Referring more specifically to the drawings, FIG. 1 is a block diagram of one embodiment of the present invention. In FIG. 1 there is shown a high gain laser amplifier 10 which can comprise, for example, an elongated glass envelope containing the active laser medium. A pumping source 11 is provided which, for this example, establishes an electrical discharge within the active laser medium to produce a metastable energy level population inversion therein.
A composite retroreflector-detector 12 is disposed opposite a first end of laser amplifier 10 and optically aligned therewith. Utilization means 13 is electrically coupled to the detector portion of retroreflector-detector 12 by means of an appropriate transmission line. Retroreflector-detector 12 can comprise, for example, one of the structures depicted in the copending application of G. J. Linford, A. R. Muir, E. R. Peressini and W. R. Sooy, Ser. No. 711,459, filed Mar. 7, 1968. In some instances utilization means 13 can comprise, for example, a headset either driven directly by the detector or through a simple amplifier stage. In other applications utilization means 13 can comprise amplification stages, video detectors or other multistage apparatus.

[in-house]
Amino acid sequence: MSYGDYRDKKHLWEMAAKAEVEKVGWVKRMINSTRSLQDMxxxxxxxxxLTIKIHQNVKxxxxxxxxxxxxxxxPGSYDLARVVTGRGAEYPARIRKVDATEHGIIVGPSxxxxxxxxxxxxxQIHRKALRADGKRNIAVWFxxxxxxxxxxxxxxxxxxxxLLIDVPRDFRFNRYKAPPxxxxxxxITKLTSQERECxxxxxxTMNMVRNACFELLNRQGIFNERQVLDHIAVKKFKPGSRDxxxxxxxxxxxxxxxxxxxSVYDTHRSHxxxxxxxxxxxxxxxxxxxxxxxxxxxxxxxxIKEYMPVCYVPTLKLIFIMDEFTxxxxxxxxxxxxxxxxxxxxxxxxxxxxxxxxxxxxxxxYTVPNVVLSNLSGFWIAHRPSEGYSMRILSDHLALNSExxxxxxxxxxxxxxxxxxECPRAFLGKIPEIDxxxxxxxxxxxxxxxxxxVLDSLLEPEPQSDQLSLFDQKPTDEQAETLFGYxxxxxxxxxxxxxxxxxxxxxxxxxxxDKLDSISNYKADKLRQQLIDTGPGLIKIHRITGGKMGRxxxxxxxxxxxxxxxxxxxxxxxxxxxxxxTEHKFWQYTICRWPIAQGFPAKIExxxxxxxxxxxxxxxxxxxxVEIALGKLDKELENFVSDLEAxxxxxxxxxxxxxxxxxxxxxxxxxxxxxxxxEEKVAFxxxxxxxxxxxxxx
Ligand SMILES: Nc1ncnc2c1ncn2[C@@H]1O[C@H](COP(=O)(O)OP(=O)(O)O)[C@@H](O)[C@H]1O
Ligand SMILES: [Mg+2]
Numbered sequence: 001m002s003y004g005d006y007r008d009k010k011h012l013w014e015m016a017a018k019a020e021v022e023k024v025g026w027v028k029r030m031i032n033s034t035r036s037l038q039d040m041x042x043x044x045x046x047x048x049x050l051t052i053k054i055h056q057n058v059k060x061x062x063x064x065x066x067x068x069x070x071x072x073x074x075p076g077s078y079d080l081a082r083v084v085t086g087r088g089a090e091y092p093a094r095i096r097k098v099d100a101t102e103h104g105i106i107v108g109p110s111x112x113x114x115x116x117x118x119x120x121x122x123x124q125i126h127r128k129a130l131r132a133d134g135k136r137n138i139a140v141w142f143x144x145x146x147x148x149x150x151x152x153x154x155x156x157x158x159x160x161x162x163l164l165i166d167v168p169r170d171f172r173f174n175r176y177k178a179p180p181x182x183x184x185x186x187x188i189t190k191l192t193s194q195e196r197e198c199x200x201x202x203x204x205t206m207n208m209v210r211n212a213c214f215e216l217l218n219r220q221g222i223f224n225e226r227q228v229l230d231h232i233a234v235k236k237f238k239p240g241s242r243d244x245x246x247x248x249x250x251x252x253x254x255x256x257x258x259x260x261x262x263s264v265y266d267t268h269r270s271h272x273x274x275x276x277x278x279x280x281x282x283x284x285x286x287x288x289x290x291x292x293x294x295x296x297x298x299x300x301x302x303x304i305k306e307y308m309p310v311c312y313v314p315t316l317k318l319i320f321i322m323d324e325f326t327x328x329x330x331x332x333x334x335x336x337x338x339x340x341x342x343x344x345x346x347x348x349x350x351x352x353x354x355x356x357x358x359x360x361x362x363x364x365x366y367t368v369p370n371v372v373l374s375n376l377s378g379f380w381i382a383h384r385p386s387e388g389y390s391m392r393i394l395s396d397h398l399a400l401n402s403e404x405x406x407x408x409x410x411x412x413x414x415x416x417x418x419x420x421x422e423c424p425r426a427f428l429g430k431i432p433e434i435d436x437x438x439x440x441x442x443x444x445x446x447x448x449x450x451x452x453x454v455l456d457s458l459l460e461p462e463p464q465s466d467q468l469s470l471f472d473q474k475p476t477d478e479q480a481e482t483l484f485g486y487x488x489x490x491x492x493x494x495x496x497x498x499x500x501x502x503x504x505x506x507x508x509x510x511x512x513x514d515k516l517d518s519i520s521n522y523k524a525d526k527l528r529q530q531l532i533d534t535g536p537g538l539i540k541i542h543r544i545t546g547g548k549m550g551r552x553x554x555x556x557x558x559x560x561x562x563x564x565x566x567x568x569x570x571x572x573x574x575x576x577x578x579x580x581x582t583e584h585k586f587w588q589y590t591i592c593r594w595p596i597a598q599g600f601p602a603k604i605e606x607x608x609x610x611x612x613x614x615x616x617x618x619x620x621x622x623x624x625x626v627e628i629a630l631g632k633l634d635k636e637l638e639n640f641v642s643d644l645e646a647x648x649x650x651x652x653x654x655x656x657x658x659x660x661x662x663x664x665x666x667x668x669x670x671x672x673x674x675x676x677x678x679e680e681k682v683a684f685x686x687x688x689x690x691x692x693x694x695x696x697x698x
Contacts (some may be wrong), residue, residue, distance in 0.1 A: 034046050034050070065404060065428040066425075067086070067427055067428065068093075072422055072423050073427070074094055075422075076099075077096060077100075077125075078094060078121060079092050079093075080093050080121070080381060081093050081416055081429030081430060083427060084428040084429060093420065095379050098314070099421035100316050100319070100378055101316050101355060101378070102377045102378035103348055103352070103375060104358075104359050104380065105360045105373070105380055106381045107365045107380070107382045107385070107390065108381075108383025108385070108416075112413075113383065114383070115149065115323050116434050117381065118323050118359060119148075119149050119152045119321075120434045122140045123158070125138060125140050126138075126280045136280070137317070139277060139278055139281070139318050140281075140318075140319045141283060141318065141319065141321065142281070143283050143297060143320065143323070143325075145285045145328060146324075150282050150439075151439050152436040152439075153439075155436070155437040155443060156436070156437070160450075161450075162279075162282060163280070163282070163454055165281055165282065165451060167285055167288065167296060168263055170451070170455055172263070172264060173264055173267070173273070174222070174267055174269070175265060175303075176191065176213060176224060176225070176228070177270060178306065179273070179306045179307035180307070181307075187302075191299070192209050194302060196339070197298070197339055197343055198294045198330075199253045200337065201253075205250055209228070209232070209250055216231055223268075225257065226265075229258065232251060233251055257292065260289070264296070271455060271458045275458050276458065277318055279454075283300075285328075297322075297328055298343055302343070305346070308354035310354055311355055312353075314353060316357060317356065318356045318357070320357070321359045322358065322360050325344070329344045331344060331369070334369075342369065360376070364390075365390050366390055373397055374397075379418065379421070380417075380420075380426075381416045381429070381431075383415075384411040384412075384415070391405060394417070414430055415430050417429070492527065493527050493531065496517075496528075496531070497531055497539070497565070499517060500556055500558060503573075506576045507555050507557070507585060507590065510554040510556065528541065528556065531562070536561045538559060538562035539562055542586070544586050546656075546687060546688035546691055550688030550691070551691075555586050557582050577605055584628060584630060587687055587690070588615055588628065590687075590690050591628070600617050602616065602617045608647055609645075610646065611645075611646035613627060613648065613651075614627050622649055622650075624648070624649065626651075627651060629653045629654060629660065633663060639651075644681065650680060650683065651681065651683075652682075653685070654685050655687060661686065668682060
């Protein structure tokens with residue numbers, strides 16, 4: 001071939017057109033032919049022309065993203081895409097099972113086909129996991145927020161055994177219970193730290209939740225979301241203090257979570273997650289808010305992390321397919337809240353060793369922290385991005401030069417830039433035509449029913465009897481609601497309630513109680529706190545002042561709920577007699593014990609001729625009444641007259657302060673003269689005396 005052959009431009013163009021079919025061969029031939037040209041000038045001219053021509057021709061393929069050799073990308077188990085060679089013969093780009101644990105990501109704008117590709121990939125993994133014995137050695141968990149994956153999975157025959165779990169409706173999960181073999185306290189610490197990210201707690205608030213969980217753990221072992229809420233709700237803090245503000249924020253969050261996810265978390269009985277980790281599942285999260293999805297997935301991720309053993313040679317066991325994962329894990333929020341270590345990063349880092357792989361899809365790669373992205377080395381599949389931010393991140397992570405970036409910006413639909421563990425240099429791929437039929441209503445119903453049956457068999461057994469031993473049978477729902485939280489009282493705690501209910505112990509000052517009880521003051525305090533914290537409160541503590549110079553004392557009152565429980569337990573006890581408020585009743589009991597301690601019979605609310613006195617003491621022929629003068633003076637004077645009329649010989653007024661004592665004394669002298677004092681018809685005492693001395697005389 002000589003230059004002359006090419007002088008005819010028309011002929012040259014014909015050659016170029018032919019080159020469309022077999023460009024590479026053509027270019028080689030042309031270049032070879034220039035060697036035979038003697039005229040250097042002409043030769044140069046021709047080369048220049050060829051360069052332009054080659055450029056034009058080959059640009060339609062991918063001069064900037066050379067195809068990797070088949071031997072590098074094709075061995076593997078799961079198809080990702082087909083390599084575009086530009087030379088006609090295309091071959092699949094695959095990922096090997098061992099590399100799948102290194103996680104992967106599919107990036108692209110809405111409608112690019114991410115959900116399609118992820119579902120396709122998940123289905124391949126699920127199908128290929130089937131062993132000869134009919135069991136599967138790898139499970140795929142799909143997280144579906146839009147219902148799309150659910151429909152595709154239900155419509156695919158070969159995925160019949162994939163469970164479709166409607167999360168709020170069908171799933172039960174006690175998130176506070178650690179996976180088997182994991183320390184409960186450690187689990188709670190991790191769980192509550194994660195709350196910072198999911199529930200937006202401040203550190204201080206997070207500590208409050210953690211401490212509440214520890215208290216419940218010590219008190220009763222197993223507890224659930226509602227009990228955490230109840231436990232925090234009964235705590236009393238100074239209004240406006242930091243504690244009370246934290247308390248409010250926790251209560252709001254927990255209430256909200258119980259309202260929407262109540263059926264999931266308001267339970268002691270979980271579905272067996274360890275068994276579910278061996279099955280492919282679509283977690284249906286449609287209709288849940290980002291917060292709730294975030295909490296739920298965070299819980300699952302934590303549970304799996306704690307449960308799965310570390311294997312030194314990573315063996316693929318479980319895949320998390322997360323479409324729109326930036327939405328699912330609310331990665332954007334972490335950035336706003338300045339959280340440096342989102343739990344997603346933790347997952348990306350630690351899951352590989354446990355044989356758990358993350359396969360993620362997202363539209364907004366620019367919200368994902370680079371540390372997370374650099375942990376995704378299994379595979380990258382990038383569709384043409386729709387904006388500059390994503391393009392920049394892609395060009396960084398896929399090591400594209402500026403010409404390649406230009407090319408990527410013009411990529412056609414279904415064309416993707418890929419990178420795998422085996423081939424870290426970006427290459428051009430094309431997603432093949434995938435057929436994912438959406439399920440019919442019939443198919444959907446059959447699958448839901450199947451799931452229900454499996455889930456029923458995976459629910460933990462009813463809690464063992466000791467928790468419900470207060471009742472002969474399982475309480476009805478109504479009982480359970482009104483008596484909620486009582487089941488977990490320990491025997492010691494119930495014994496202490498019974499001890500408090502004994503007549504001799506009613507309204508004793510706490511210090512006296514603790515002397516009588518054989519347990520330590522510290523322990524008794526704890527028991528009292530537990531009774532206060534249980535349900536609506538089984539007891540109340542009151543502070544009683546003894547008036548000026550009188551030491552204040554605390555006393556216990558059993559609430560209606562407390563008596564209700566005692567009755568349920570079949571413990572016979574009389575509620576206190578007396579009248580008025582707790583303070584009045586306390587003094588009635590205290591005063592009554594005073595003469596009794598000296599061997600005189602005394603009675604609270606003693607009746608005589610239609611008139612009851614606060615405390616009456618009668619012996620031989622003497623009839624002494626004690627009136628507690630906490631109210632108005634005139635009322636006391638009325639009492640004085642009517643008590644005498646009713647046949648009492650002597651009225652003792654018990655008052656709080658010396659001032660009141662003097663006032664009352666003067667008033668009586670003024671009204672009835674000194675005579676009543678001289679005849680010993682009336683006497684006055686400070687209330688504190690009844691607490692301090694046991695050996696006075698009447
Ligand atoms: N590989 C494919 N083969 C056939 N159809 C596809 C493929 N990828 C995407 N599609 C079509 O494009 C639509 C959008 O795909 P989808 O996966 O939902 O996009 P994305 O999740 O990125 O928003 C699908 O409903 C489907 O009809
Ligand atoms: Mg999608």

Disposed in the optical path opposite the other end of laser amplifier 10 is an optical loss modulator 14. Optical modulator 14 can comprise, for example, a Kerr cell or Pockell cell-polarizer combination or other suitable optical modulator well-known in the art. A modulator driver 15 suitable for the type of modulator utilized is electrically coupled thereto. Input means 16 are provided at modulator driver 15 for supplying thereto the modulating intelligence.